Against campaigns dominated by wild fears
Little clouds of dust rise and hang on our air. Up to almost yesterday our minds were molded by fear. The question on our minds was: who will save us? Not only save us but provide us an atmosphere that can shelter our souls. Today, we seem to live in a charged atmosphere created by the presence of terror and fear. In the last few years, we felt our identity as citizens is lost. There is this fear in our mind and we could not locate it inside our body. We identified blank spots within our bodies, our environment and even our souls. Now that we know what it was, after those years in exile, we could not still find strength and hope to fill that blank spot and the spot keeps increasing as we blink our eyes.
For some moment, the earth seemed different. The distress is obvious in our voices. We could not feel reassuring hands coming for our rescue as we keep navigating towards dangerous zones. There is possibility that those wounds on our body, mind and soul have been fatal. From our faces and voices, it said it all. We stood in awe without voice, a voice of action to take charge of our future. But within us, we want a different atmosphere.
At times of fundamental change, such as the era we have found ourselves, we begin to ask more and more questions: where do we begin? In our nation with an estimated population of over 217 million people, there are from soaring prices of commodities, high rate of unemployment and general scarcity of essential goods. Our nation is afflicted by some ailment. The country is sick, very sick.
Looking at the present, we can confidently say that our new atmosphere of grief and depression is beckoning: farmers have been slaughtered at their farms, passengers set ablaze in buses, school children kidnapped, students murdered by their school principal, suicide bombers in mosques, church and market square. There are memories of EndSARS protest, ASUU strike and hunger that elude the knock and creaks of our society.
We keep visiting, and revisiting those memories which tear us apart. It is in those memories we remember our loved ones and a lot of stories that are yet to be told and which the future generation are not prepared to hear. But this is inevitable; we need to find a way to tell them in silence those stories to coming generations, in symbols and signs, which only the heart understands. They cannot ask, because those stories will turn their ears in dismay.
Today, we found ourselves sad and aimless. Our life in Nigeria appears to be ending, not because the world has ended, but because it became clearer that our streets, society, climate, and even our temperature had gone beyond our thoughts. We rather think now to tell the sober truth, which is the future we want. It is the hope we still have that keeps burning even at midnight when we don’t have certainty of seeing the next morning: a dream we keep nurturing for decades that keep us connected.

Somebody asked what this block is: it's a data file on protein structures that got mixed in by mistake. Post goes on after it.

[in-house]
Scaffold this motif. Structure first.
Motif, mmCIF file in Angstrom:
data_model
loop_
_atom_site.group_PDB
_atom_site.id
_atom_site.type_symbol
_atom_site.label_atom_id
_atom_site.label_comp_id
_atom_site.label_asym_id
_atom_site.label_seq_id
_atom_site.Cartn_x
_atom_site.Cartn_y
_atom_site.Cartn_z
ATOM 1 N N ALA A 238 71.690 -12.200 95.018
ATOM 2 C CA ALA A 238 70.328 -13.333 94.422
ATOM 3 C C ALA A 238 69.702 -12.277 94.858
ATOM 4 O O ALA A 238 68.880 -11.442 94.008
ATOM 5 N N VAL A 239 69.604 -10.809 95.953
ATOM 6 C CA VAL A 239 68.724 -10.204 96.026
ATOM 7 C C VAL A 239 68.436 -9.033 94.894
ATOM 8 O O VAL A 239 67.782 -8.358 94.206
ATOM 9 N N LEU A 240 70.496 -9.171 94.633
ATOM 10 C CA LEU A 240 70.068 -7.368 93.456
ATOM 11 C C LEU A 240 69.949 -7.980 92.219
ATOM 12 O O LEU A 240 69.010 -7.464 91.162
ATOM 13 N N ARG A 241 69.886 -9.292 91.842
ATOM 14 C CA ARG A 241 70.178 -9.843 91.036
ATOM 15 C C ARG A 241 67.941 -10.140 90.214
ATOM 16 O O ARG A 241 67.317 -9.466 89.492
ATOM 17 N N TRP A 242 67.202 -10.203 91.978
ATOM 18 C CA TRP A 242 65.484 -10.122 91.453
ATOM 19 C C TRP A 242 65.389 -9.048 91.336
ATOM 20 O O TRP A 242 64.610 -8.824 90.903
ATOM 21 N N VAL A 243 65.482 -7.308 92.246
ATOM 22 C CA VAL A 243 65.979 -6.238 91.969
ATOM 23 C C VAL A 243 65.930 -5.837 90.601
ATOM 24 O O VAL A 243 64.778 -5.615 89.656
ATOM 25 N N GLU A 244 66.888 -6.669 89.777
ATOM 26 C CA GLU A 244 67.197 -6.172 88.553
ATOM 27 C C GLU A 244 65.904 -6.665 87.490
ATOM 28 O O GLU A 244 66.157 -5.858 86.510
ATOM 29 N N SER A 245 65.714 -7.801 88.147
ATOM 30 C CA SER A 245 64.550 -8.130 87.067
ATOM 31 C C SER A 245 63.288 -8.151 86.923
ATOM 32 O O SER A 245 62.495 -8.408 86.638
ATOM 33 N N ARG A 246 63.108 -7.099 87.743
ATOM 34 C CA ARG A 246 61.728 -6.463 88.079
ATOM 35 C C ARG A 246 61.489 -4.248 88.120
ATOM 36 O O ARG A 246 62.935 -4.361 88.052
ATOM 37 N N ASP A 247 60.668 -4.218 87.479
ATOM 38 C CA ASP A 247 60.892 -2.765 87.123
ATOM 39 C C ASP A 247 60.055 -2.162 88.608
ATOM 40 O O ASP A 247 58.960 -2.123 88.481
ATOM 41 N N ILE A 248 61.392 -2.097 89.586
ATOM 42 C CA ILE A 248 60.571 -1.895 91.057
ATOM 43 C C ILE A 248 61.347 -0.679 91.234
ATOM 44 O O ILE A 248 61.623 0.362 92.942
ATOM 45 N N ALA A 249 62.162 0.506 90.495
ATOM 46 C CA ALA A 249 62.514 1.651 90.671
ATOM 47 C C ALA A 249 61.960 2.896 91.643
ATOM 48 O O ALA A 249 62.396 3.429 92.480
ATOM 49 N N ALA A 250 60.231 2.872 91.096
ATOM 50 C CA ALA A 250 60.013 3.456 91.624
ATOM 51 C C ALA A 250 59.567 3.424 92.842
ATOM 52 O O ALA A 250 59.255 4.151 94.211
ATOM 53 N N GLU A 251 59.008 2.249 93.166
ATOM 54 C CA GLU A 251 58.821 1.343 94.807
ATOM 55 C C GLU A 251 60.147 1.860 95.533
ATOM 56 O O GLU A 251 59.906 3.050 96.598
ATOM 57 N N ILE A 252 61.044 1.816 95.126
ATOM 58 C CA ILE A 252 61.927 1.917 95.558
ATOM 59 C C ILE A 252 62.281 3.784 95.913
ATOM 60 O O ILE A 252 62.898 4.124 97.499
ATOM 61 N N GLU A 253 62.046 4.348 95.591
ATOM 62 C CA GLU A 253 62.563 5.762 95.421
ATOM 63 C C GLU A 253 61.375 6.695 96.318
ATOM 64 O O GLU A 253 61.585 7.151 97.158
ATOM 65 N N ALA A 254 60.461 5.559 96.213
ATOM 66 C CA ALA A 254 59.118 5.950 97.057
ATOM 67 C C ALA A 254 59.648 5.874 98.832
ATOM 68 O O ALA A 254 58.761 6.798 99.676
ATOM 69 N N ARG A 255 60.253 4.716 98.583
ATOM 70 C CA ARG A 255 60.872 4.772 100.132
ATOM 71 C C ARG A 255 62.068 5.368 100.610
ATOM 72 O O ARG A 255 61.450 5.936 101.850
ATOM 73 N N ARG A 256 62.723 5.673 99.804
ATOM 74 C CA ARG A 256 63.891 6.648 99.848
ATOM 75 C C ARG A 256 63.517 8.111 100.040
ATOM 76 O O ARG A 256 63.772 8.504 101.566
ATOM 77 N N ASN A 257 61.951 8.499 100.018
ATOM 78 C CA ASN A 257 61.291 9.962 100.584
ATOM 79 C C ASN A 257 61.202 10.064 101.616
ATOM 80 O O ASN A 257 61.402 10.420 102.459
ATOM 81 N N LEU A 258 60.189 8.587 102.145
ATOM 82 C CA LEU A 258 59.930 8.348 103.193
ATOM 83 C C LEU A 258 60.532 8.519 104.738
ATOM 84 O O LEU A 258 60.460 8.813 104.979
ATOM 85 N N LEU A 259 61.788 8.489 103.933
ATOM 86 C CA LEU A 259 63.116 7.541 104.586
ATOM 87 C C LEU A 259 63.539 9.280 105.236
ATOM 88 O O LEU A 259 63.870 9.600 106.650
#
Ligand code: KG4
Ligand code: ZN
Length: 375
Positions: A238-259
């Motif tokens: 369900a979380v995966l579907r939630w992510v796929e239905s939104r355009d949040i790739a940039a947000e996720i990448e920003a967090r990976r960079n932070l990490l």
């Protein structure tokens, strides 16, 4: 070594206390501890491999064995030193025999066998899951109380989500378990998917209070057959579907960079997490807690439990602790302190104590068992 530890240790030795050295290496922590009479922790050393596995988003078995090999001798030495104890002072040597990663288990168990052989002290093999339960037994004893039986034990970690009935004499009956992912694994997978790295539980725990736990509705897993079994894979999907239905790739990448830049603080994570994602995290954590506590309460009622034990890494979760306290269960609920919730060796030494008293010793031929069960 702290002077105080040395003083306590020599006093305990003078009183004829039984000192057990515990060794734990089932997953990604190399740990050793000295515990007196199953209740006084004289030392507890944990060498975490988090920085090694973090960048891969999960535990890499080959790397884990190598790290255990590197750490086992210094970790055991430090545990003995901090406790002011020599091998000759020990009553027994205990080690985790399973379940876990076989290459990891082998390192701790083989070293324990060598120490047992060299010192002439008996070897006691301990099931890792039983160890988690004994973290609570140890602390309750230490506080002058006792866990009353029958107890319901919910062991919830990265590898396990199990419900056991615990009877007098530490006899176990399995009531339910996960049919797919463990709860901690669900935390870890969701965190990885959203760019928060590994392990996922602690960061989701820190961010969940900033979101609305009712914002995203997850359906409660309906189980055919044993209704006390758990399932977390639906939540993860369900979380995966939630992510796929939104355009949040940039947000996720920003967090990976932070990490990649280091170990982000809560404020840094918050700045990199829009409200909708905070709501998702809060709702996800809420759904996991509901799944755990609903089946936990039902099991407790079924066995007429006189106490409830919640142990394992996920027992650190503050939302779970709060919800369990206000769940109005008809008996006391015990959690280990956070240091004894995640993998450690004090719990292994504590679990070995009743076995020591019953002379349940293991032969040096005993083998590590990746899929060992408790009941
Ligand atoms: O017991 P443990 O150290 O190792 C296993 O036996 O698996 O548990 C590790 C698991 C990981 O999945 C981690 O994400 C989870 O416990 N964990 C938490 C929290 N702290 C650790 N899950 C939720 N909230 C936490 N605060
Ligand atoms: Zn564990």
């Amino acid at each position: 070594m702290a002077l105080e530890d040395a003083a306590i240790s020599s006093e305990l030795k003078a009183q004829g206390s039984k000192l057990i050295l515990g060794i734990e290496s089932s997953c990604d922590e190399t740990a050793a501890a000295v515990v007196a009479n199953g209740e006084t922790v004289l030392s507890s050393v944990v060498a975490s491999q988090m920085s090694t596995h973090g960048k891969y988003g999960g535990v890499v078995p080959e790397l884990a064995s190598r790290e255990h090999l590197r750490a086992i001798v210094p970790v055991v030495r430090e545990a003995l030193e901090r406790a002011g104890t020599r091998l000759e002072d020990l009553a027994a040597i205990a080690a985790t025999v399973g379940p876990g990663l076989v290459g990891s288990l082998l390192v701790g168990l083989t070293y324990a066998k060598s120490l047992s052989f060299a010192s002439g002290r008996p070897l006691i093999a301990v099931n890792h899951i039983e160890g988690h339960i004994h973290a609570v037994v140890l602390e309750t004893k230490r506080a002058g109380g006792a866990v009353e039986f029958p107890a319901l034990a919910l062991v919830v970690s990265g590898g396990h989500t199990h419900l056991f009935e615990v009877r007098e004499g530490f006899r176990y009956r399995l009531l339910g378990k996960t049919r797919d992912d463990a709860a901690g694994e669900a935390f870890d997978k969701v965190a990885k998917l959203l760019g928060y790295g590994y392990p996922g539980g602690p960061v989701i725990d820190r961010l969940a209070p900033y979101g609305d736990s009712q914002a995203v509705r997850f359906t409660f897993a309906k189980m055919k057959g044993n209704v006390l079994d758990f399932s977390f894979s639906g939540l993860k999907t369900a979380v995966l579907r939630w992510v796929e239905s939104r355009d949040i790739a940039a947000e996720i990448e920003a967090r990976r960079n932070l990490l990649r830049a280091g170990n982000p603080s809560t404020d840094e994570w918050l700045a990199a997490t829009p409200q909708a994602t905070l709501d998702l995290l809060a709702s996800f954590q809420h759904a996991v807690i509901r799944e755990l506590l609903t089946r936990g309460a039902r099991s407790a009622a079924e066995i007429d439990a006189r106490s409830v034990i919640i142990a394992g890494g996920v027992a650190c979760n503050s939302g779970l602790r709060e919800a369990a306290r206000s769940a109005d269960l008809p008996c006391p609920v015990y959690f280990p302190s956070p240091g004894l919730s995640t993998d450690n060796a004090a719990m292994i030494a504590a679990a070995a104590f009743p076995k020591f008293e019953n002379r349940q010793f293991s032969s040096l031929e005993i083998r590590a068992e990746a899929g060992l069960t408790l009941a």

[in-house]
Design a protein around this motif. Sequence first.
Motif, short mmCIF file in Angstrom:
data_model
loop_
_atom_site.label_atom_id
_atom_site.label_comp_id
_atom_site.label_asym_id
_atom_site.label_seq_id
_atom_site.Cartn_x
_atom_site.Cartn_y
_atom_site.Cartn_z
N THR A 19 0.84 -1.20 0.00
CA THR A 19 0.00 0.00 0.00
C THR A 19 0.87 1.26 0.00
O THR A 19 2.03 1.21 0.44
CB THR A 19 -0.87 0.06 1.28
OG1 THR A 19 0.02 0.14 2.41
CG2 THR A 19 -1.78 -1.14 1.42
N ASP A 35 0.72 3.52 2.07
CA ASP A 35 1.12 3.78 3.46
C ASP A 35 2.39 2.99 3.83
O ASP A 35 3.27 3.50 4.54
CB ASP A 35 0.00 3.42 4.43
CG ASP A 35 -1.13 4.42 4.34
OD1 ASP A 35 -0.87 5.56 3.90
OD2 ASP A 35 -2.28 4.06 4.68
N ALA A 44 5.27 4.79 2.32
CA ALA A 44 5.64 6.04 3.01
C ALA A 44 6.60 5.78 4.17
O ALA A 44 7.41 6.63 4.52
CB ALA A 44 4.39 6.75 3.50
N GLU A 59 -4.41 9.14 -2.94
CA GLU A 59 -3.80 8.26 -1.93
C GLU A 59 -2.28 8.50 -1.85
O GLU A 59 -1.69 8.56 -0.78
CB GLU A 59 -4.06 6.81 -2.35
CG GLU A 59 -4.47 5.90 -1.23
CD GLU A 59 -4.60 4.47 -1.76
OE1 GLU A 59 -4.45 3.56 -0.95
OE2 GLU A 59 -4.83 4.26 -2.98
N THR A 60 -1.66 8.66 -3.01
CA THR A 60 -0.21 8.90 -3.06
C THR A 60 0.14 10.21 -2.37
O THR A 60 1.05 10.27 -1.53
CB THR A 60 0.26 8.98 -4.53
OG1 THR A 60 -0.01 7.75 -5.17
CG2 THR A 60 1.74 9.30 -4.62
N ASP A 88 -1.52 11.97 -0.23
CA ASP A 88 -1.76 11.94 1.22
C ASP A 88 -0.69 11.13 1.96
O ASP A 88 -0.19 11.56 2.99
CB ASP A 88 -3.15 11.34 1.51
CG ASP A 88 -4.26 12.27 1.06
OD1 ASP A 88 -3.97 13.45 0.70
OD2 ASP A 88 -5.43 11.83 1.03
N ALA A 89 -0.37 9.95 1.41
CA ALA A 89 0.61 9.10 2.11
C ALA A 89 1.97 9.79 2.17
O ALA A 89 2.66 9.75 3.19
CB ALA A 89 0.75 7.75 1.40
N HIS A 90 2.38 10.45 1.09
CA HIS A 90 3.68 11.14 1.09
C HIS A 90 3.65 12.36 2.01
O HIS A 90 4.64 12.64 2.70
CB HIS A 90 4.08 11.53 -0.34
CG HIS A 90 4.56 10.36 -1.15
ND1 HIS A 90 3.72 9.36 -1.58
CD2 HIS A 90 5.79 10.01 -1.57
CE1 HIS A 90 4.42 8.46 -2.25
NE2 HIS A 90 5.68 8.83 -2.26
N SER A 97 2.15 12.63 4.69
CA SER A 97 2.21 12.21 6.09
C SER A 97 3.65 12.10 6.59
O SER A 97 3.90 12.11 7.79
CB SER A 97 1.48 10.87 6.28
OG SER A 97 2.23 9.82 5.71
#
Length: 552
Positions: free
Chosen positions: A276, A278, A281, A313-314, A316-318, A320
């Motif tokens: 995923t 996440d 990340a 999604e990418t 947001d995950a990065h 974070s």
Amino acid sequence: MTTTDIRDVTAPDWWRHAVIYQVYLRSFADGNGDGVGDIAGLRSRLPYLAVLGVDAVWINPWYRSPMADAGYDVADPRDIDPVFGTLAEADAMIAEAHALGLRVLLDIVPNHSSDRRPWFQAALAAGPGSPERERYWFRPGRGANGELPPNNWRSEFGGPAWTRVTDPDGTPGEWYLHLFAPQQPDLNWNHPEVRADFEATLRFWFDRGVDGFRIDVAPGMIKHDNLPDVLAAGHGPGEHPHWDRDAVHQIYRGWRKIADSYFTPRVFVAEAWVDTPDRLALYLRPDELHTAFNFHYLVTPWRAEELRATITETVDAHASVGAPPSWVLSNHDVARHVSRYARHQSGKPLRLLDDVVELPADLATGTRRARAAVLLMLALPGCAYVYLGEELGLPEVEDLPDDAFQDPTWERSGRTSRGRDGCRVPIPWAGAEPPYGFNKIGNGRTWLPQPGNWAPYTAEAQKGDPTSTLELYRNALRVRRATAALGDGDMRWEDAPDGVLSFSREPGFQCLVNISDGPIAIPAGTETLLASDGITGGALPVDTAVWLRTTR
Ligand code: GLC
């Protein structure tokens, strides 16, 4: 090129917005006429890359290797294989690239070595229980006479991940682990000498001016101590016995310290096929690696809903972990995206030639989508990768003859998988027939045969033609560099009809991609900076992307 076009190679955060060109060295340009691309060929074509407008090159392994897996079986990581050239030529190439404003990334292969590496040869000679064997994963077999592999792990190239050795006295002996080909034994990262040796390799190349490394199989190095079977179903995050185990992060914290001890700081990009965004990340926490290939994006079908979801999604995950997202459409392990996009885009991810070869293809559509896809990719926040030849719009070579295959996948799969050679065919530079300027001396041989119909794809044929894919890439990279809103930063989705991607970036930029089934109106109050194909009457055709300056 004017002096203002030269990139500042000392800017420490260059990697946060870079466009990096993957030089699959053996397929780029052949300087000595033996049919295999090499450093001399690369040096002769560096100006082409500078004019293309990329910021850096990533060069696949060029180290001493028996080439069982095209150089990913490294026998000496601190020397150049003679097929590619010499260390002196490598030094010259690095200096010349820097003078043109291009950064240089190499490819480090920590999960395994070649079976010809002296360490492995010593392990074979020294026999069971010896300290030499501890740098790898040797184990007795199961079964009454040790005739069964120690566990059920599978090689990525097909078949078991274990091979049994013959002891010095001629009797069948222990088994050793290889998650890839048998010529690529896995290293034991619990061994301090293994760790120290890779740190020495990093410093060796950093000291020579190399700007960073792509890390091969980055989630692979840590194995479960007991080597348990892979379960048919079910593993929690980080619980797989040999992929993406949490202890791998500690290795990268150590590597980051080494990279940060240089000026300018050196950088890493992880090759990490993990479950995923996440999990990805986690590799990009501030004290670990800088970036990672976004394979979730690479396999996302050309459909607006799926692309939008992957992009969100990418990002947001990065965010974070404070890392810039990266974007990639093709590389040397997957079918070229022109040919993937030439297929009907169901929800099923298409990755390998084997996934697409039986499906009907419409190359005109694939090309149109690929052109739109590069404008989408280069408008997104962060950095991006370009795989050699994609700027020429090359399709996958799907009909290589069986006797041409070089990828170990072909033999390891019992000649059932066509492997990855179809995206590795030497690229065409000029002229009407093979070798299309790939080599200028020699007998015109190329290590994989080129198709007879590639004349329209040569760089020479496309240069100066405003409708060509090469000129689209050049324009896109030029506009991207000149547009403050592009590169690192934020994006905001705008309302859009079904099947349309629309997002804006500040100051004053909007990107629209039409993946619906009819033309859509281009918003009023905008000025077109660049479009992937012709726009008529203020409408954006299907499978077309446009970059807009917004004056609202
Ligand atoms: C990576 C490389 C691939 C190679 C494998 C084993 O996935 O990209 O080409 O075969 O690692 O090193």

I think that there is always something frightening about this realization. I know it frightens me and others, but that was one of the reasons that I dawdled to write about the future we dream. I cannot escape those memories of the good old days after independence, when Peugeot cars were assembled in Kaduna; when Volkswagen in Lagos, and ANAMMCO produced buses and trucks in Enugu. When our economy grew and the rate of unemployment descended rather than ascended. Those were old memories when we go to school smiling because we knew we will return home safe, traveling across cities under the moonlight and arriving at dusk; going to farm to eat without the fear of being slaughtered. I mean those days when we had large export and very low imports; when a father would return home at night with happiness, because his children would be awake waiting for him; when we live with loved ones before insecurity tore us apart; those days when we traveled through the northeast to the south and down to the northwest for our businesses; when we gathered in our places of worship or the market square to pray and buy our needs; when children from the neighborhood became your children and you a father to them.
It would seem those good old memories will never fade away unless one looks more deeply into the nightmare we are trying to awake from. But history is trapped in people and people are trapped in history. But I still believe we can still change our history by rewriting it. Not changing the past because it cannot be changed but using it to reflect our present time and create the future we dream. A future filled with promise that can change our situations and have an atmosphere, where nature smiles at us. We need to inject a degree of realism into a campaign dominated by wild fears and even wilder promises. We need the impossible dream that successive generations have searched for in the wilderness over the years.
The day is clear with extraordinary calm. It is a day such as this we get a freedom as a nation. Our history rolls across the plains, mountains, rivers and anything which has stood in our way. We need a future that can shape our society and make us courageous to face it. We need to take charge of our future and blow away the foul dust of history.